The Checker Maven

The Devil and the Deep Blue Sea

We have to admit that last month's Fausto Dalumi problem was well into the "difficult" category. So this month, we'll feature a problem that is a little less strenuous. It was originally published under the theme "The Devil and the Deep" and we think you'll see why when you arrive at the solution.


White to Play and Win


We don't think this problem will sink you, but if you find yourself bedeviled, just click on Read More and the solution will surface.

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02/23/08 - Printer friendly version
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Overlooked by Mail

Roughly once a month, we present an excerpt from Willie Ryan's undisputed classic work of checker tactics, Tricks Traps & Shots of the Checkerboard, and it's proven to be one of our most popular ongoing features. This time Willie turns to the world of postal play with a surprising game. Here's how Willie describes things.

"The similarity of formation and procedure between the preceding example (a Paisley Shocker) and the one ultimately reached in the accompanying game can be identified readily by comparing the two positions at the diagrammed stages. If there is any doubt in the reader's mind that champions are constantly overlooking winning strokes in their play, consider the circumstances in the case at hand. Two of America's foremost mail-game exponents--- Victor Davis, of Fort Dodge, Iowa, and George W. Bass, of Eaton, Colorado--- played this game by mail. When the diagrammed situation was reached, both contestants muffed the killer, the game ending in a draw.

10-15 27-20 1-5
24-19 4-8 30-25
15-24 17-13 3-8
28-19 2-6 22-17
9-14 31-27 14-18
22-18 8-11---A 17-14
5-9 29-25---B 11-15
25-22 10-15* 20-16---C
6-10 25-22 8-12
22-17 15-19 21-17---D.
11-15 23-16 See the
18-11 12-19 diagram.
8-24 32-28

Black to Play and Win


A---Of course, 10-15 loses immediately by the in-and-outer via 21-17, 14-21, 30-25, 21-30, 20-16, 12-19, 23-16, 30-23, 27-2, 8-12, 16-11, 12-16, 29-25, 16-19, 32-27, etc., and white wins. Again at A, if black moves 1-5, white will win with: 23-18, 14-23, 27-18, 8-11, 29-25, 10-15, 26-22, 7-10, 21-17, 12-16, 32-27, 3-8, 30-26, 8-12, 18-14, 9-18, 26-23. Wm. F. Ryan.

B---23-18 would be no good now. For example: 23-18, 14-23, 27-18, 10-14, 26-23, 7-10, 29-25, 10-15, 25-22, 12-16, 32-28, 15-19, 30-26, 3-8, 18-15, 11-27, 20-4, 1-5, etc., and black wins. Wm. F. Ryan.

C---A safer route would be 21-17, 6-10*, 13-6, 19-24, 28-19, 15-31, 26-22, 8-12, 22-15, 10-19; a draw.

D---This is where Bass bogged down in the morass of formation. The move taken allows the thunderbolt that follows; but instead of 21-17, try 16-11*, 7-16, 26-22, 19-23, 14-10, 23-32, 10-1, 9-14, 22-17, for a draw. Wm. F. Ryan."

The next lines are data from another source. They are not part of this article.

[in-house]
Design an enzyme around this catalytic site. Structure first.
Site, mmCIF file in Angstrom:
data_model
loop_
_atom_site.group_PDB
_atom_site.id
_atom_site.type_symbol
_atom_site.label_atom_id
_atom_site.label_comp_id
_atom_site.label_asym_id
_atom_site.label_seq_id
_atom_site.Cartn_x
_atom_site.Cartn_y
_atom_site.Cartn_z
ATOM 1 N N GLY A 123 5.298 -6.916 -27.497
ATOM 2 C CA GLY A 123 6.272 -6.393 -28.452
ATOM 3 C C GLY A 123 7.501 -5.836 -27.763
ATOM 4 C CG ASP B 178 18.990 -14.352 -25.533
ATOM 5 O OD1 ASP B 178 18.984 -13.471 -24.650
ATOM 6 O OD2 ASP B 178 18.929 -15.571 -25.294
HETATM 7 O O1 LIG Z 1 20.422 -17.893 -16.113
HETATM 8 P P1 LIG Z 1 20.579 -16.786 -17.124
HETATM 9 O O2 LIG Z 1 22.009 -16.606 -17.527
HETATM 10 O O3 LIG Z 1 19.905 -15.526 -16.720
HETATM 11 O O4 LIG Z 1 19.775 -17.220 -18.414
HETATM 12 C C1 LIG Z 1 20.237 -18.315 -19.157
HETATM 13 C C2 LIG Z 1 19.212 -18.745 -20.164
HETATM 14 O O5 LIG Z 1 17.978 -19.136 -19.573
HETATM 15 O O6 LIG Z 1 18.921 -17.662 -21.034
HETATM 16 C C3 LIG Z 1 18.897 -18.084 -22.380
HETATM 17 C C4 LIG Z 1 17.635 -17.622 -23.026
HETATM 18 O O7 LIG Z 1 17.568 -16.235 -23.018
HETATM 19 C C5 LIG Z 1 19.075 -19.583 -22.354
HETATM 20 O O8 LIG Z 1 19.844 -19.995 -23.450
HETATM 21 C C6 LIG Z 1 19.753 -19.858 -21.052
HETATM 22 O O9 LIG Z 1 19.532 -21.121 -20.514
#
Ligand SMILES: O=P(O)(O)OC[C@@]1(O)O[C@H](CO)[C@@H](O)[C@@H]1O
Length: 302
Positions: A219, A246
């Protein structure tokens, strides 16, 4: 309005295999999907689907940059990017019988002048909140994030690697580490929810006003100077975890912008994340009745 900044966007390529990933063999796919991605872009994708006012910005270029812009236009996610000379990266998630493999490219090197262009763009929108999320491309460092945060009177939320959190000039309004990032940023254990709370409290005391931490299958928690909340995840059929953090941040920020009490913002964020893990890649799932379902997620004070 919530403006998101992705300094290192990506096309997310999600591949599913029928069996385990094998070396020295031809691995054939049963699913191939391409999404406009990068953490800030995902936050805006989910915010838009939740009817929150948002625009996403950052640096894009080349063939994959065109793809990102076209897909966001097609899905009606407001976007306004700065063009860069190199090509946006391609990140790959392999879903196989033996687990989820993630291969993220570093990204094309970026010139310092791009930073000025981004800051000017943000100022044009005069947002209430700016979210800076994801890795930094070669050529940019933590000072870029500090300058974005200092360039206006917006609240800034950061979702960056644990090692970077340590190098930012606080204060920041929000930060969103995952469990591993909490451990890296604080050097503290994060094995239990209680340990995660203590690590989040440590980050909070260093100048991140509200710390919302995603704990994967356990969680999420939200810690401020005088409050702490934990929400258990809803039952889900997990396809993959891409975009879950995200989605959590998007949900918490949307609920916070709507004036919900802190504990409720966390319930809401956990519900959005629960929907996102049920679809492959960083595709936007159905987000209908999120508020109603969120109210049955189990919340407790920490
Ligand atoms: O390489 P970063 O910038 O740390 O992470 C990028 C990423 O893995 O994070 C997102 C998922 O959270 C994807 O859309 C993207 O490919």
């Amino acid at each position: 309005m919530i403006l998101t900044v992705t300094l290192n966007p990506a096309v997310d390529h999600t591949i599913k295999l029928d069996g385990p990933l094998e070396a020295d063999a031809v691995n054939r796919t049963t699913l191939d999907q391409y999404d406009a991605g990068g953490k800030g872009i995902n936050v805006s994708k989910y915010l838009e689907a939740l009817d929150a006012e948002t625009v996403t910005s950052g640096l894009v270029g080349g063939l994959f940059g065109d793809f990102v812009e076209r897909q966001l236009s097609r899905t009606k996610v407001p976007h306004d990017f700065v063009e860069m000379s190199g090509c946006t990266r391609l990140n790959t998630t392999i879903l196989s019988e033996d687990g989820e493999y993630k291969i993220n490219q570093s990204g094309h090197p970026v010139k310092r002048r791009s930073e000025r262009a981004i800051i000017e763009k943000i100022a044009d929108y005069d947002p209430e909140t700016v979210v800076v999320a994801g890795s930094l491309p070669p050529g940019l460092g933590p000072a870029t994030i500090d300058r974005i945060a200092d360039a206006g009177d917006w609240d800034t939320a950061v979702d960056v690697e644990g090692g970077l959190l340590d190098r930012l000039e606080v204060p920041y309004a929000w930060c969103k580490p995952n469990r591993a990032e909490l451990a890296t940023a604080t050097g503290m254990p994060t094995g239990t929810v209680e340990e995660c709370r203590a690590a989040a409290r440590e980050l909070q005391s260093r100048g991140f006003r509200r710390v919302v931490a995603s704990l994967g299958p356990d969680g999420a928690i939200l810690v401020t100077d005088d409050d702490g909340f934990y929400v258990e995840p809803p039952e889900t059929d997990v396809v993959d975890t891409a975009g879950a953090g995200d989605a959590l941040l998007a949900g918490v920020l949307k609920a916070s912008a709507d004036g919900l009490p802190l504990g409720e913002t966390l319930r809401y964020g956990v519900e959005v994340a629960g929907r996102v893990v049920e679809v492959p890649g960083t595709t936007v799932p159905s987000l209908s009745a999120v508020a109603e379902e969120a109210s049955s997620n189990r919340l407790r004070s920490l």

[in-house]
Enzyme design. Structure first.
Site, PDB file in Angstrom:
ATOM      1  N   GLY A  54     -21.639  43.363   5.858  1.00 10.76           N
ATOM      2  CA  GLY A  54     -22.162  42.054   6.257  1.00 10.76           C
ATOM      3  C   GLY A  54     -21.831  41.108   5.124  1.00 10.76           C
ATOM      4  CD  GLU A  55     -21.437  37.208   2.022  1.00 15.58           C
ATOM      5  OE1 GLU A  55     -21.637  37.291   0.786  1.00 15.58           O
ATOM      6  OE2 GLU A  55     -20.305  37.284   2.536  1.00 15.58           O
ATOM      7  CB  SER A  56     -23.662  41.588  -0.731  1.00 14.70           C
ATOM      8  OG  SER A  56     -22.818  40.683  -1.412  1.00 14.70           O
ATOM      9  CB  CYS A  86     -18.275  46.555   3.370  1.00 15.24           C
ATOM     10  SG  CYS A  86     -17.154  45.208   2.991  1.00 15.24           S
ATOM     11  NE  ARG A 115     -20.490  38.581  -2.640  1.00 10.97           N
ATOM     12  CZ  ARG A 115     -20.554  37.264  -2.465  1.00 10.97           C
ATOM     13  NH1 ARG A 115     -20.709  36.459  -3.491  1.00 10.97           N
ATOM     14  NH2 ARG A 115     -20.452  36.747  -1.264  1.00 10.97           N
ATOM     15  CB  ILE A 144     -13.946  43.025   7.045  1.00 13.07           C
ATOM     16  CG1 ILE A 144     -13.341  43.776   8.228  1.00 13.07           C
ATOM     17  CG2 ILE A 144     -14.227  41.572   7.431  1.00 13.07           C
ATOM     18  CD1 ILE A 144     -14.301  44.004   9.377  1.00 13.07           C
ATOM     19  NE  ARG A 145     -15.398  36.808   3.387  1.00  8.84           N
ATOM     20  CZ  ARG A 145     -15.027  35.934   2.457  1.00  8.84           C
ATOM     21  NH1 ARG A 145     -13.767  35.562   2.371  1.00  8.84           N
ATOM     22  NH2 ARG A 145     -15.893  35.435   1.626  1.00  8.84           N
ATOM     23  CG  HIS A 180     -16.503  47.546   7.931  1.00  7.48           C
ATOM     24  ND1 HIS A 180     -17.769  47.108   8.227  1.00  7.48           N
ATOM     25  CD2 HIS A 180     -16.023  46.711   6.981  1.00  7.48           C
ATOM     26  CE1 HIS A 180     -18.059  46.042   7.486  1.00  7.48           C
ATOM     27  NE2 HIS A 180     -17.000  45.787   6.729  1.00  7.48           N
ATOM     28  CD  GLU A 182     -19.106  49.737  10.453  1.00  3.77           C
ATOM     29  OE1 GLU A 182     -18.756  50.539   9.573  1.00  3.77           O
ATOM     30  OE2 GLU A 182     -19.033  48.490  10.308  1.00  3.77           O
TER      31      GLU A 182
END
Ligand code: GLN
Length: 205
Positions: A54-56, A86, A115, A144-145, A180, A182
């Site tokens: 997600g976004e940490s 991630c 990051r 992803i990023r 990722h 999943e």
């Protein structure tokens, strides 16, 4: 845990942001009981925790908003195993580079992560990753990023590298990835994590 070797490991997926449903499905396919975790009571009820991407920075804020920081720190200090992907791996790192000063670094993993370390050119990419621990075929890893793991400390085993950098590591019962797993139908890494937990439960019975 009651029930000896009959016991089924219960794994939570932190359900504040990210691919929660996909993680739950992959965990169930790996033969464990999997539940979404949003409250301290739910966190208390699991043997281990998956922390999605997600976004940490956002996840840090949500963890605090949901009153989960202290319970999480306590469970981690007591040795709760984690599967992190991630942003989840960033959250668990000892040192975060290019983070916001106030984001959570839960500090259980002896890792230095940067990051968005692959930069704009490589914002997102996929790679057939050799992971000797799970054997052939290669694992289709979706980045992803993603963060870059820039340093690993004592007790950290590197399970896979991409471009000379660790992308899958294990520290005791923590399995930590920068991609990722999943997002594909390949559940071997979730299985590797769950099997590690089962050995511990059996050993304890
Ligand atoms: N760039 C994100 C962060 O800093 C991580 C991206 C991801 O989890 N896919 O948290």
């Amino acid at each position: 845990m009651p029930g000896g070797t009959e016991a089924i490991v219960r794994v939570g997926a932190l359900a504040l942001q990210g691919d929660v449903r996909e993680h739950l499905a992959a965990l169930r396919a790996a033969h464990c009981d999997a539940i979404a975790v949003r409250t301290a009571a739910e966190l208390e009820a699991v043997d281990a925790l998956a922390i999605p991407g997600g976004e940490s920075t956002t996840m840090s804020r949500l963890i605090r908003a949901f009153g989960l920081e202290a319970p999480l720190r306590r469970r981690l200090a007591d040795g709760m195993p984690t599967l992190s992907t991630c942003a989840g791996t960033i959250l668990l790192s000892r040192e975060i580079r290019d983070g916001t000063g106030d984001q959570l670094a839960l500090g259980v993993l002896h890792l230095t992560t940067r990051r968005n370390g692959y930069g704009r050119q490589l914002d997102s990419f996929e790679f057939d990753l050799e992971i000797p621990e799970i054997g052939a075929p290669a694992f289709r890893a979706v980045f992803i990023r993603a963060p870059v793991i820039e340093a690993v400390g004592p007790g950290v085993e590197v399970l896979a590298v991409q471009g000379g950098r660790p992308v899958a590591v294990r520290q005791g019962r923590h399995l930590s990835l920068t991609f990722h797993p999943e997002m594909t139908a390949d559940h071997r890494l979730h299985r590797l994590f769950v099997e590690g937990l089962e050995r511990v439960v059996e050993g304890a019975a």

Don't get buried yourself. After you've tried to solve the position, dig your way out by clicking on Read More to see the solution.

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02/16/08 - Printer friendly version
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Saving the Game

In this month's lesson in our ongoing Checker School series, we learn a valuable lesson in saving the game; in other words, looking for a way to draw even when our position doesn't appear to have too many chances. Here's the position:


Black to Play and Draw


This situation, attributed to a J. Cornock, does indeed look tough for the Black side, who have little mobility and a very narrow choice of moves. Yet, one of them is good enough to save the draw. Can you find it?

Give it a try but don't forget, you can always save time and frustration by clicking on Read More to see the solution, with detailed notes and a sample game.

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02/09/08 - Printer friendly version
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Faster Than Greased Lightning

Our first set of speed problems for the year are truly worthy of the title. They both fall decidedly into the "easy" category, but as we know our readers enjoy a challenge, we're setting the time limits at record lows--- five seconds for the first problem and ten seconds for the second! We think this should satisfy everyone. Advanced players can try to sight-solve the problems in the rather strict time limits allotted. Less experienced players can simply look for the solutions and ignore the clock (well, yes, that is easier said than done).

Are you ready? Click below to start each problem--- faster than greased lightning!

February Speed Problem No. 1 (five seconds)

February Speed Problem No. 2 (ten seconds)

When you're finished, slide your mouse over and zap Read More to see the solutions.

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02/02/08 - Printer friendly version
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